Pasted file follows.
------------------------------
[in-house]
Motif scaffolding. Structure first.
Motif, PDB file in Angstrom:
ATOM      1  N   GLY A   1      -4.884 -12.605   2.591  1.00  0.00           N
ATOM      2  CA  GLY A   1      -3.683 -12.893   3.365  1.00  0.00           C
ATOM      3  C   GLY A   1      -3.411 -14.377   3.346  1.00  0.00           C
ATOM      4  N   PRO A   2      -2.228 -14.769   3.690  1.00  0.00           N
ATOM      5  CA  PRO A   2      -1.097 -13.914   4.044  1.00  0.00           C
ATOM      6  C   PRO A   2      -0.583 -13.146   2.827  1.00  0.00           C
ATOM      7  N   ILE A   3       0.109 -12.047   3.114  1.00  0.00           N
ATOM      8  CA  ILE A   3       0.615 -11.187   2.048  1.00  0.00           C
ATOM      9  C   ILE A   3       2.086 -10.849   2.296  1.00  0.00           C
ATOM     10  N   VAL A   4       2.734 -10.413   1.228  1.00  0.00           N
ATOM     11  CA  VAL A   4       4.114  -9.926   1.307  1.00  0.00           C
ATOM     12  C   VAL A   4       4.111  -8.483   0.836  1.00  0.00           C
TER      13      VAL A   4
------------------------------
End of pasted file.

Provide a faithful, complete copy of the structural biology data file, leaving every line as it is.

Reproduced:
[in-house]
Motif scaffolding. Structure first.
Motif, PDB file in Angstrom:
ATOM      1  N   GLY A   1      -4.884 -12.605   2.591  1.00  0.00           N
ATOM      2  CA  GLY A   1      -3.683 -12.893   3.365  1.00  0.00           C
ATOM      3  C   GLY A   1      -3.411 -14.377   3.346  1.00  0.00           C
ATOM      4  N   PRO A   2      -2.228 -14.769   3.690  1.00  0.00           N
ATOM      5  CA  PRO A   2      -1.097 -13.914   4.044  1.00  0.00           C
ATOM      6  C   PRO A   2      -0.583 -13.146   2.827  1.00  0.00           C
ATOM      7  N   ILE A   3       0.109 -12.047   3.114  1.00  0.00           N
ATOM      8  CA  ILE A   3       0.615 -11.187   2.048  1.00  0.00           C
ATOM      9  C   ILE A   3       2.086 -10.849   2.296  1.00  0.00           C
ATOM     10  N   VAL A   4       2.734 -10.413   1.228  1.00  0.00           N
ATOM     11  CA  VAL A   4       4.114  -9.926   1.307  1.00  0.00           C
ATOM     12  C   VAL A   4       4.111  -8.483   0.836  1.00  0.00           C
TER      13      VAL A   4